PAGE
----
BHP profits have jumped and the company will pay out a record dividend but could revise its outlook downward as global uncertainty weighs on commodity demand.
BHP’s interim dividend increased to 65 US cents per share – its second-highest dividend on record, and 10 cents higher than the last – as half-year profits surged 29 per cent to US$4.9 billion off the back of higher iron ore prices and “solid operating performance”.
“BHP is in good shape,” said CEO Mike Henry.
“We have passionate and committed people hungry to perform. We have brought together high-quality assets in a simple portfolio that allows us to create value at scale. Our balance sheet is strong, ad we have embedded a capital allocation framework which drives discipline and better decisions.”
BHP also recorded an exceptional loss of US$318 million due to the cancellation of power contracts as part of a shift towards 100 per cent renewable energy at its Escondida and Spence copper mines in Chile, as well as costs associated with the Samarco dam failure in 2015.
But while Mr Henry remains “convinced about the positive underlying fundamentals of commodities”, the company flagged the possibility of a heavy hit from COVID-19 as China’s already slowing economy begins to feel the full impact of the epidemic.
“If the viral outbreak is not demonstrably well contained within the March quarter, we expect to revise our expectations for economic and commodity demand growth downwards,” the report reads.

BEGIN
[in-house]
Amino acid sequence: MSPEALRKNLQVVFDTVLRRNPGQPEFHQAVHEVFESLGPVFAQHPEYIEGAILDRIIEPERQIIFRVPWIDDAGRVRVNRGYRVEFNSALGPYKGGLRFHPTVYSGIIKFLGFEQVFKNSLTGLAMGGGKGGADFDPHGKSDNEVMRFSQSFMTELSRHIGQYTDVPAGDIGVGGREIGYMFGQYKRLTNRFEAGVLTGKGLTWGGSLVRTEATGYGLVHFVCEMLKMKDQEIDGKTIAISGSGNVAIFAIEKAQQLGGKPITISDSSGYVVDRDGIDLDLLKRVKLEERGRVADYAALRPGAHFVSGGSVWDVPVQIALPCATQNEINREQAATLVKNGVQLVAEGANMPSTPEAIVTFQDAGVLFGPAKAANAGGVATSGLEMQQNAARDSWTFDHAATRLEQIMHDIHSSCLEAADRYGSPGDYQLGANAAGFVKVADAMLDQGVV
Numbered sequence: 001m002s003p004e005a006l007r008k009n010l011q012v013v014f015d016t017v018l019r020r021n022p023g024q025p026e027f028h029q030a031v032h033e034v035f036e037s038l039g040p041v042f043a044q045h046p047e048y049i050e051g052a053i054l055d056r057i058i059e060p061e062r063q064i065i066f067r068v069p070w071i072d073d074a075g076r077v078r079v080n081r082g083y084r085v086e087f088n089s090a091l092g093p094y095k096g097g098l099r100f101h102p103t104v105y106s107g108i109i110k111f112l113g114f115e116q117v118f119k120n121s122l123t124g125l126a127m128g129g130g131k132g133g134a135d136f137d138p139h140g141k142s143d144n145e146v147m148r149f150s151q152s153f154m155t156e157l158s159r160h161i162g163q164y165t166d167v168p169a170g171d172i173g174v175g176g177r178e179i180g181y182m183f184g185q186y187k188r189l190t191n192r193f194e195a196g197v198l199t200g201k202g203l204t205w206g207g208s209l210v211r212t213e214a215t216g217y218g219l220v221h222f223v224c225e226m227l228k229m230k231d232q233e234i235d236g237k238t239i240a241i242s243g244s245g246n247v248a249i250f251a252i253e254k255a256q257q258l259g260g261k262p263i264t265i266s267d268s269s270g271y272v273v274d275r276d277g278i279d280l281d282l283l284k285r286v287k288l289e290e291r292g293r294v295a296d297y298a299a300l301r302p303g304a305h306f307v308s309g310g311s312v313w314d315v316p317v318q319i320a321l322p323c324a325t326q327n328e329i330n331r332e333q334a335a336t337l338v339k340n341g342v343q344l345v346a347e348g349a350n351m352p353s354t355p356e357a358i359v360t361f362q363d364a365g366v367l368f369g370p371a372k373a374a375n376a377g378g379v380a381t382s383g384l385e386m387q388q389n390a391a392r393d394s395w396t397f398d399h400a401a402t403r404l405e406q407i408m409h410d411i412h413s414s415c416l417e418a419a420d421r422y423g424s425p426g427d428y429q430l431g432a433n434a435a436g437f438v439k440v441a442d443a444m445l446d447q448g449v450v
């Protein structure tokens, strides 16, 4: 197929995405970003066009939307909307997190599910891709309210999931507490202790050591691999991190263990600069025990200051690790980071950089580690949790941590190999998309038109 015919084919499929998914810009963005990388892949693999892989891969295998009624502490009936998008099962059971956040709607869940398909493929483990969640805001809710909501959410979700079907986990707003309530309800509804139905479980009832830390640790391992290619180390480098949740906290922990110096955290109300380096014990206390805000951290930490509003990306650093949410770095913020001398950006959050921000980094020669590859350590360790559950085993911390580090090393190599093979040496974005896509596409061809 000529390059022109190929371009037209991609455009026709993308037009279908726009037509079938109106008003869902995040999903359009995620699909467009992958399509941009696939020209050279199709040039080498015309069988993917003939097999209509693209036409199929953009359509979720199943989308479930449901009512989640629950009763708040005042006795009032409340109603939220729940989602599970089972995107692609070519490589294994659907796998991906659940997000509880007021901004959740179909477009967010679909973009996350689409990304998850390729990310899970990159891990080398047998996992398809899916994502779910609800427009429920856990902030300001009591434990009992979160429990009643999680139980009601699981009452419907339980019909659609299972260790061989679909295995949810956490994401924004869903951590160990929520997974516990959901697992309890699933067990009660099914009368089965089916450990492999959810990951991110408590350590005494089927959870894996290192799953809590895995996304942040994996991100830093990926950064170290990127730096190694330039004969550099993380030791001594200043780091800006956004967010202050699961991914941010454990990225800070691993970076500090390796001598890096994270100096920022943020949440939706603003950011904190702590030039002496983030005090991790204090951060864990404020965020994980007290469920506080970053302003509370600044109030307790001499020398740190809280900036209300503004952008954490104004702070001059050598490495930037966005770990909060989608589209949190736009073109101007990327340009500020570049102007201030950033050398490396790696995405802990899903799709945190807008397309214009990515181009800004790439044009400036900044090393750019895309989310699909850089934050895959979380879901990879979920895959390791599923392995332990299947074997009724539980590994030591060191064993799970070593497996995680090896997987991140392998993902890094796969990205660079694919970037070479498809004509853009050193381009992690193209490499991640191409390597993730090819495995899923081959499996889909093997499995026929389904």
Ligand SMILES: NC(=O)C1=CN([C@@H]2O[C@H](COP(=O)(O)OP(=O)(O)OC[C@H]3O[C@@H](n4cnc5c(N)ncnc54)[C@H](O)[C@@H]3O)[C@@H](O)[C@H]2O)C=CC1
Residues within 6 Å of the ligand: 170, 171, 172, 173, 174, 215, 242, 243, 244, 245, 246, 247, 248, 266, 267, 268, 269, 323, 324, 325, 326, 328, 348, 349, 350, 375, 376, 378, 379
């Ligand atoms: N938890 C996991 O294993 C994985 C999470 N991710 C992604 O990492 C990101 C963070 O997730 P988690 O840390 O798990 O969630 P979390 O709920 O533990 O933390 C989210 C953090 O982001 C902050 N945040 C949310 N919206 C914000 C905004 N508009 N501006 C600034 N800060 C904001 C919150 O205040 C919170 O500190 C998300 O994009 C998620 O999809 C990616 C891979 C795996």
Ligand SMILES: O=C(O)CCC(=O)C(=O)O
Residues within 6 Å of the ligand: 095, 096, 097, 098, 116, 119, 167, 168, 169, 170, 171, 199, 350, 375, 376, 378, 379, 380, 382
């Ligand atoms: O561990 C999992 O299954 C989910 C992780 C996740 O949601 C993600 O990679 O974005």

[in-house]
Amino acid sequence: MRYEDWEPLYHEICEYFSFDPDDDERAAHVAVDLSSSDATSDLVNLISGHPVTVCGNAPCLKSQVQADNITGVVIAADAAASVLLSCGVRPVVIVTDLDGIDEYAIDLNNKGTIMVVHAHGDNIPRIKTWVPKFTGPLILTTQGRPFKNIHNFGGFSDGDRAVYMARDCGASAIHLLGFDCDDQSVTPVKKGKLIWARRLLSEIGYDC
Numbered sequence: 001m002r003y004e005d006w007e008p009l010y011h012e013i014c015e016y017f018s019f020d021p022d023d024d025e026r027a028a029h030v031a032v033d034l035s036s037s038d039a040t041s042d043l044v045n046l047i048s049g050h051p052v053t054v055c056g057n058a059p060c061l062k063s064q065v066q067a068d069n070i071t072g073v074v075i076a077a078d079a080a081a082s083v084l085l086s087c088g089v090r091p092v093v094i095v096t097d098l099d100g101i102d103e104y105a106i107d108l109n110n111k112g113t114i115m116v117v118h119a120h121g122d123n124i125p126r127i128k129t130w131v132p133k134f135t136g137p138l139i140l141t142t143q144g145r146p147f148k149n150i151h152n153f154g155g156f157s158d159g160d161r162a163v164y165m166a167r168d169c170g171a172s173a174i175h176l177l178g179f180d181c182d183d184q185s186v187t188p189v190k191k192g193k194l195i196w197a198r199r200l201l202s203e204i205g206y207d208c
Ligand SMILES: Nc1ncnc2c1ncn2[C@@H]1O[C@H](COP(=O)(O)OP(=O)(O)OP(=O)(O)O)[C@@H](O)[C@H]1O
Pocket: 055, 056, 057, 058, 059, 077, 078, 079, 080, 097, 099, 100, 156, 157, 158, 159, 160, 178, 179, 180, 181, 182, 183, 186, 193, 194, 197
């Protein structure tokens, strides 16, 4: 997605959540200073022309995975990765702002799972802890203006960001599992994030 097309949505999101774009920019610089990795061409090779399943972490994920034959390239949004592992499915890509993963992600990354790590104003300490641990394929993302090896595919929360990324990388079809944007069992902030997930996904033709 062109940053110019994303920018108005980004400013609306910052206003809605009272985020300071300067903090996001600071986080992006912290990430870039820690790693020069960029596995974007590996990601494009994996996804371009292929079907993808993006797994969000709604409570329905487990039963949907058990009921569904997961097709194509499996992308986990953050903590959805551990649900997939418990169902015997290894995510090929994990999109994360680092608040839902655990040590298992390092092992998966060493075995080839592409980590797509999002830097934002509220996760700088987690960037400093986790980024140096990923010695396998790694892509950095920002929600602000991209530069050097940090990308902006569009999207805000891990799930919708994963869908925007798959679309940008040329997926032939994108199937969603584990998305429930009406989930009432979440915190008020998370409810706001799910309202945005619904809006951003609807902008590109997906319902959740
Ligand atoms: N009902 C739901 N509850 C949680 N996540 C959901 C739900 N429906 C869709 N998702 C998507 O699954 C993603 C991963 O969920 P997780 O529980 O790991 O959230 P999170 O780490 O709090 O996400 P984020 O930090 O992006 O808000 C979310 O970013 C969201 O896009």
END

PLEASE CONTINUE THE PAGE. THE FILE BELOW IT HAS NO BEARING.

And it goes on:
“This caveat applies, to varying degrees, across our portfolio and we will continue to monitor.”
China has experienced a substantial decrease in demand for oil as the quarantine weighs heavily on air travel and transport, but BHP is optimistic about the long-term outlook and believes it is underpinned by “resilient demand natural field decline in supply”. But COVID-19 could also be something of a mixed blessing for BHP, with demand for minerals likely to bounce back as China takes steps to maintain growth.
“The trade war and the coronavirus outbreak [have] put the Chinese economy under pressure and traditionally the way China stimulates is by investing in infrastructure which requires steel, which requires iron ore, which usually comes from Australia and Brazil,” said Dr Peter Gardner, senior portfolio manager at Plato Investment Management.
“We expect a strong stimulus response from the Chinese government in the wake of these challenges.”
BHP is also monitoring the situations in India – the economy is expected to grow below trend, but BHP expects sustained demand growth long term – and Chile, where the process of arriving at a new constitution is likely to introduce high levels of uncertainty into decision-making in both the public and private spheres.